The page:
No sooner had Peter let down his net, than it was filled with fish, so many that the net began to break. Peter called out for the others to help, and so both ships were filled to the brim with the catch, almost causing the two boats to sink. God never gives in small amounts – whatever He gives is always full and overflowing.
Some think this is not a miracle, because these were fishermen and they were on a lake with fish. But, it was a miracle. It is so because Jesus told Peter exactly where to fish, in anticipation of a good catch, and when the net was thrown there was an immediate result where there was none during the hours just before. Miracles are divine interventions, and many use ordinary things in life. It is the timing, the command, and the instant result that makes them miracles. (See my book on miracles).
Peter and the others were astonished (why?) by this amazing miracle, and peter fell to his knees before Jesus: “Depart from me; for I am a sinful man, O Lord.” He immediately saw how sinful his reasoning was, and now wished to repent of it. His reaction was proper in the face of Almighty God sitting in the ship. He saw that he did not deserve to have Jesus with him. This is how we all should speak to the Lord, though we should also realise that God will not leave the genuine repentant, but will give him everything. We are nothing, and yet God makes us His children, through Christ! For this we should be eternally thankful, showing it in our daily lives.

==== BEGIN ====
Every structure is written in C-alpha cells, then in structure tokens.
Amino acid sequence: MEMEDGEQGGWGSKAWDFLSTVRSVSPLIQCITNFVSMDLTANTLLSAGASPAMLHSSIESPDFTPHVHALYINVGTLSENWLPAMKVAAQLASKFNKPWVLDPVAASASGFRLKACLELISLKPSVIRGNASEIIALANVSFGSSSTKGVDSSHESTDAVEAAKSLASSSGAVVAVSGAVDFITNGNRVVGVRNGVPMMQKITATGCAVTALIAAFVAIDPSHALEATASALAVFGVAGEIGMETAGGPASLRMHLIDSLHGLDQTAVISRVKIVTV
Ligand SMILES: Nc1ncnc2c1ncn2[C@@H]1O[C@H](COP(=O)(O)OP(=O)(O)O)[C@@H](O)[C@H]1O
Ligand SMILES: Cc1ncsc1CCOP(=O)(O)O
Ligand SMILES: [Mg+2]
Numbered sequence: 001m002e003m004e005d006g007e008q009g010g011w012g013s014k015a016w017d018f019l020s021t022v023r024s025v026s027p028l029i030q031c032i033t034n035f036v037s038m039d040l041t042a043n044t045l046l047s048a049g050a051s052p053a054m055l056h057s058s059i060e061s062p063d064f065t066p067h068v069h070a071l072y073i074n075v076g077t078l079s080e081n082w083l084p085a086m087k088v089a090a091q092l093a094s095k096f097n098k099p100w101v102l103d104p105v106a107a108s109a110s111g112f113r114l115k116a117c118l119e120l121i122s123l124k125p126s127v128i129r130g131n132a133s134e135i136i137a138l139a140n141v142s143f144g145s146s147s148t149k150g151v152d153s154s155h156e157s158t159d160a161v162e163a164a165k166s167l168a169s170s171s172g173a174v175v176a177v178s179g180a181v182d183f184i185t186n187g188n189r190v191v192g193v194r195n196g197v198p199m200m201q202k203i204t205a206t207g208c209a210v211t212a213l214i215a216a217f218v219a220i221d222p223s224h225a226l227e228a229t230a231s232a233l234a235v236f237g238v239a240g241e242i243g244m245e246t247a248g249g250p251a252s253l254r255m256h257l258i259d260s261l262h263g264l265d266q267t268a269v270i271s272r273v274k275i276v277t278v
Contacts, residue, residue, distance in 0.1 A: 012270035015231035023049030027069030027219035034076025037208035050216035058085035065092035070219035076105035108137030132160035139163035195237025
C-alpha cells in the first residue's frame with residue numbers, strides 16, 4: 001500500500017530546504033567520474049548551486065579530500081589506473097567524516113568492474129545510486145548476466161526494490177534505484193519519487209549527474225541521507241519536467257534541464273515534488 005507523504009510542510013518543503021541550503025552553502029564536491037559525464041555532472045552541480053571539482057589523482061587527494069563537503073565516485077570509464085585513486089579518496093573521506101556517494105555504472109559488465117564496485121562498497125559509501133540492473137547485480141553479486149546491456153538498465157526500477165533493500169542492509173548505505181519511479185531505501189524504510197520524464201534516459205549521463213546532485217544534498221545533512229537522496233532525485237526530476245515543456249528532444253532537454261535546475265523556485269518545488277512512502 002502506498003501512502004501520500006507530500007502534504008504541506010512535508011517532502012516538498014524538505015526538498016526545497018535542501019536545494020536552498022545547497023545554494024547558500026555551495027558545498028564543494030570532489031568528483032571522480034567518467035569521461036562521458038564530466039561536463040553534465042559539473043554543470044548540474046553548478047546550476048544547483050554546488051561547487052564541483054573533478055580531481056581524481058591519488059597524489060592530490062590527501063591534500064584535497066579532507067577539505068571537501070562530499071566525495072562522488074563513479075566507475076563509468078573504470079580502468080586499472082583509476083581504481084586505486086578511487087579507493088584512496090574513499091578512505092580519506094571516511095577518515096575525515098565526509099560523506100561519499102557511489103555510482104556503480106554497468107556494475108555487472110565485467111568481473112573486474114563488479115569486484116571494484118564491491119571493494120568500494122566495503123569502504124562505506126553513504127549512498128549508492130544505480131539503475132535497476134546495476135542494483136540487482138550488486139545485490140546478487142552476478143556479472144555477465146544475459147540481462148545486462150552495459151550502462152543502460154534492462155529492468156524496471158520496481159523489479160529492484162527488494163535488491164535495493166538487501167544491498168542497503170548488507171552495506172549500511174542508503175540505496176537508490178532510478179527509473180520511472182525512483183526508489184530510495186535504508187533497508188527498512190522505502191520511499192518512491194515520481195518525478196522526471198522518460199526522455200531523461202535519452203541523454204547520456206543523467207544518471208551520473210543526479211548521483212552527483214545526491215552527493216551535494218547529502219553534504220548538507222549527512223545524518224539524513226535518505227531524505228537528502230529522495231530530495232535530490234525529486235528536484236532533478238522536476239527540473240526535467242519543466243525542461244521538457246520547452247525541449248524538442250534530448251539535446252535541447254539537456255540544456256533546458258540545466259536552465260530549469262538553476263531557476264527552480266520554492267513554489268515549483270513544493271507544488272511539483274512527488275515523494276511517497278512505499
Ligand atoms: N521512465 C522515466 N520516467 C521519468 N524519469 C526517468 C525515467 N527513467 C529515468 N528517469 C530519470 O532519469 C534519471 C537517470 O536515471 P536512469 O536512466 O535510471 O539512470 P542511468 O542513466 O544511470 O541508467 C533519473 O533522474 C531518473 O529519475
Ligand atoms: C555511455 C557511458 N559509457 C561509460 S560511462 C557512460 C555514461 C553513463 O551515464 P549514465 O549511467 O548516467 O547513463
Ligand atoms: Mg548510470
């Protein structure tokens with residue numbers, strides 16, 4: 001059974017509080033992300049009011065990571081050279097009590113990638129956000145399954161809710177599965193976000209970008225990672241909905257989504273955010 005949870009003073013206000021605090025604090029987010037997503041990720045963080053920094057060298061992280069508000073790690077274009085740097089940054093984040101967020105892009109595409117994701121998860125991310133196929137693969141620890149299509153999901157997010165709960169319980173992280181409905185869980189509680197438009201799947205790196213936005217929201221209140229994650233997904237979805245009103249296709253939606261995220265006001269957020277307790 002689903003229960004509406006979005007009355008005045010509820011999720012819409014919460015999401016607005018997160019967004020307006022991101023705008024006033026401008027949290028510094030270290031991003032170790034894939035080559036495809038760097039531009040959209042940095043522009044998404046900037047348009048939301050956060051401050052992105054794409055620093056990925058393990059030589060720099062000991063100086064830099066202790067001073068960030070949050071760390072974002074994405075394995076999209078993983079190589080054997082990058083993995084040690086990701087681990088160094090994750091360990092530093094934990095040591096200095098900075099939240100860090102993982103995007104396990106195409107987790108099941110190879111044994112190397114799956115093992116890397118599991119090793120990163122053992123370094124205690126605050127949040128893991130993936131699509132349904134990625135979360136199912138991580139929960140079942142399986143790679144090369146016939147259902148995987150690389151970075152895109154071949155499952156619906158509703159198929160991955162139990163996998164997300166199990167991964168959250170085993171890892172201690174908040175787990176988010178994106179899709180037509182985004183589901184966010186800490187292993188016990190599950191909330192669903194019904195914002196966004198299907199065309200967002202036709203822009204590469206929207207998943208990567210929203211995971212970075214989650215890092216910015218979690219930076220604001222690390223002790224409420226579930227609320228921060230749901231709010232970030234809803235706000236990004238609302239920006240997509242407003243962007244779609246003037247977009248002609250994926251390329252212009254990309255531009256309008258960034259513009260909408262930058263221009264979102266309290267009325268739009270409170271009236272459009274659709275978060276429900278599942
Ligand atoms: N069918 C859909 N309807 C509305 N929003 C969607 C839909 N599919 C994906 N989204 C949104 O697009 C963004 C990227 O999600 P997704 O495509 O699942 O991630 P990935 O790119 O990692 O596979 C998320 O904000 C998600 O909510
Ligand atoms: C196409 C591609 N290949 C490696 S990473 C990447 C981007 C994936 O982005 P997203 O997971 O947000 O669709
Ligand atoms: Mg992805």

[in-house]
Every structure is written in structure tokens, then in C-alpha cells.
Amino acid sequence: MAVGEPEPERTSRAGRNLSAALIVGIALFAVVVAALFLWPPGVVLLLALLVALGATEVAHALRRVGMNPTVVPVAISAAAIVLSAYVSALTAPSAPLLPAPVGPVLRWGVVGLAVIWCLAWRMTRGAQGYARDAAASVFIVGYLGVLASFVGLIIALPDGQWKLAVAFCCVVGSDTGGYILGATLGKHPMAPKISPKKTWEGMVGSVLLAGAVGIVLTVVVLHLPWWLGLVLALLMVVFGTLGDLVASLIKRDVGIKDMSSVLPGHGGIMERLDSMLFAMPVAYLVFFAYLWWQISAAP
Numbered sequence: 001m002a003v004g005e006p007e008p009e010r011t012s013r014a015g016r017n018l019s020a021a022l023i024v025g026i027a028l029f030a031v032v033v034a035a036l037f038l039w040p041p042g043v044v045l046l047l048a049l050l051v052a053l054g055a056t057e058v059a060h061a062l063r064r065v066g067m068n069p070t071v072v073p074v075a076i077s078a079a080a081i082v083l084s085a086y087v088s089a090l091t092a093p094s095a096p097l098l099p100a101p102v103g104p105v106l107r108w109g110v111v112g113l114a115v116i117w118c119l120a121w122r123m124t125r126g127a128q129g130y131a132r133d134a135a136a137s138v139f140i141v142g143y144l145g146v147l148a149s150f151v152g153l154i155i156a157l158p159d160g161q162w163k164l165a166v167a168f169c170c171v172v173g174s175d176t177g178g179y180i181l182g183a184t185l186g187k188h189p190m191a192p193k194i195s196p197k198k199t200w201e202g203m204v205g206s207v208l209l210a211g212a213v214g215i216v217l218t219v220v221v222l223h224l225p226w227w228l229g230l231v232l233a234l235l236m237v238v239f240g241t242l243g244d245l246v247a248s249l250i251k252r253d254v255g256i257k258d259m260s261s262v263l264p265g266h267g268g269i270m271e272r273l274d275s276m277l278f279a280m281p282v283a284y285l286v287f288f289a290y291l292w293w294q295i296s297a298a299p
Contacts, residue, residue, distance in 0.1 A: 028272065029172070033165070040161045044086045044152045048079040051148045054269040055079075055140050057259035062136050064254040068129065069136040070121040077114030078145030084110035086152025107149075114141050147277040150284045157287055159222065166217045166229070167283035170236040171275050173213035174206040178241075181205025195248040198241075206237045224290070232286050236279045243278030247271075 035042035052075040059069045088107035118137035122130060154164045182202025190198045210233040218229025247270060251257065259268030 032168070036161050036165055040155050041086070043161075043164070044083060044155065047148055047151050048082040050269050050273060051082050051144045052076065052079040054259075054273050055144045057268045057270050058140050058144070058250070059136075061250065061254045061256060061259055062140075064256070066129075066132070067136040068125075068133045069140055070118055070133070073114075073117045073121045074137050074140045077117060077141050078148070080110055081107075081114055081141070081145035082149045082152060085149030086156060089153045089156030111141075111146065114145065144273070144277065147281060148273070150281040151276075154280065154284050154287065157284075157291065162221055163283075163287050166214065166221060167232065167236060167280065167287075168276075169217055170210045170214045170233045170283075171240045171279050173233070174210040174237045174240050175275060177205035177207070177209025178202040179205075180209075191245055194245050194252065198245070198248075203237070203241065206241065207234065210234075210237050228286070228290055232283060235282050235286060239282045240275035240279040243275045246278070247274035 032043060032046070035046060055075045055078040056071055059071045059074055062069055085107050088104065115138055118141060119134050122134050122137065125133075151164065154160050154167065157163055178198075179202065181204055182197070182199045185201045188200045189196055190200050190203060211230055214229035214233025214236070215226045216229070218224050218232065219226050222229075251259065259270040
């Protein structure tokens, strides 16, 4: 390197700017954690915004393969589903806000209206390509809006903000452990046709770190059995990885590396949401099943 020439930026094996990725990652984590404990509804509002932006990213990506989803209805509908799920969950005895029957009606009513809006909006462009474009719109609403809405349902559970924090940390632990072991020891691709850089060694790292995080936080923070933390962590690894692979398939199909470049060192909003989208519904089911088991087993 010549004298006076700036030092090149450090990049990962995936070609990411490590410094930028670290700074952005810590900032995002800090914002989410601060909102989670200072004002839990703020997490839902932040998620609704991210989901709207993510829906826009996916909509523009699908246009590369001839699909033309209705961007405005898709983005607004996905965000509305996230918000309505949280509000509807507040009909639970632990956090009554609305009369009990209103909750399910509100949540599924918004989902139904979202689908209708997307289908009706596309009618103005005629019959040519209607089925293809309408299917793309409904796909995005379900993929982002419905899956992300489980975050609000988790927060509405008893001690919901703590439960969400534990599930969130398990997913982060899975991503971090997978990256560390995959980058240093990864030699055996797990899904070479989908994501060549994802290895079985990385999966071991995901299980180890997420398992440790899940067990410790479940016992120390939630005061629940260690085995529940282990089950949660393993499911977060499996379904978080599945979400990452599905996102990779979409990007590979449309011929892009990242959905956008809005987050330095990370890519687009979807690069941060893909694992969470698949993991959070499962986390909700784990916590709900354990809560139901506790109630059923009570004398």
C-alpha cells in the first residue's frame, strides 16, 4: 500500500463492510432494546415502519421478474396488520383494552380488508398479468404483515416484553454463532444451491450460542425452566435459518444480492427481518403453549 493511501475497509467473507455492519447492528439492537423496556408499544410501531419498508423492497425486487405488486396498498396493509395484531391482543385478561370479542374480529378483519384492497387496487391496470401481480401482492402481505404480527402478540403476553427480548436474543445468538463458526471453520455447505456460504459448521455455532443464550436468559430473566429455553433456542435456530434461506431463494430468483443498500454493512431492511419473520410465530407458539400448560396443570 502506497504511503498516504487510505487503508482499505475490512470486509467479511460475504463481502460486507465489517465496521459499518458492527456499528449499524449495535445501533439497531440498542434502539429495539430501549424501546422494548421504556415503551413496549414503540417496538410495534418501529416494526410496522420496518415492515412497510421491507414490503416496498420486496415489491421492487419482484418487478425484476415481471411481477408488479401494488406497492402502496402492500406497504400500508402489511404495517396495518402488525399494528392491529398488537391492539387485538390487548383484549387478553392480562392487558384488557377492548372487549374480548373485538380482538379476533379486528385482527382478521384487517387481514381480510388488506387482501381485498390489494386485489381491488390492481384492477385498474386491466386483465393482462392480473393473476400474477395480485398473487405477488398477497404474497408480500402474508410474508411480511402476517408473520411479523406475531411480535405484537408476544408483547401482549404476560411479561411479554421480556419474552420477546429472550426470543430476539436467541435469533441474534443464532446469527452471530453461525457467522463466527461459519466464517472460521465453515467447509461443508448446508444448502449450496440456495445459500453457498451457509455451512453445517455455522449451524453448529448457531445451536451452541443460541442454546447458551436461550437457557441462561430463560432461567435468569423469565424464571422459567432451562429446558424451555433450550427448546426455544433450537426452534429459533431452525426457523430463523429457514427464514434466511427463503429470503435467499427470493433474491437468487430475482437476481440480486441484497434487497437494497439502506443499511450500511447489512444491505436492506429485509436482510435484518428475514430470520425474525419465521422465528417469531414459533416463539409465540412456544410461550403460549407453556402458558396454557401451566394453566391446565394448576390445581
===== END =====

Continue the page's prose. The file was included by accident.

Peter’s colleagues in the other ship were James and John, the famed ‘sons of Zebedee’. They were in awe of what Jesus had done that day. When Peter had finished before Jesus, Jesus gave him a significant message: “Fear not; from henceforth thou shalt catch men.” No doubt Peter did not, at that moment, understand what Jesus meant.
It is from that time that Jesus called him and his friends to follow Him full-time, leaving their living to be disciples. Jesus used the incident as an indication of things to come – Peter used to catch fish, but now he would catch men, via the Gospel. When both ships reached dry land “they forsook all, and followed him.”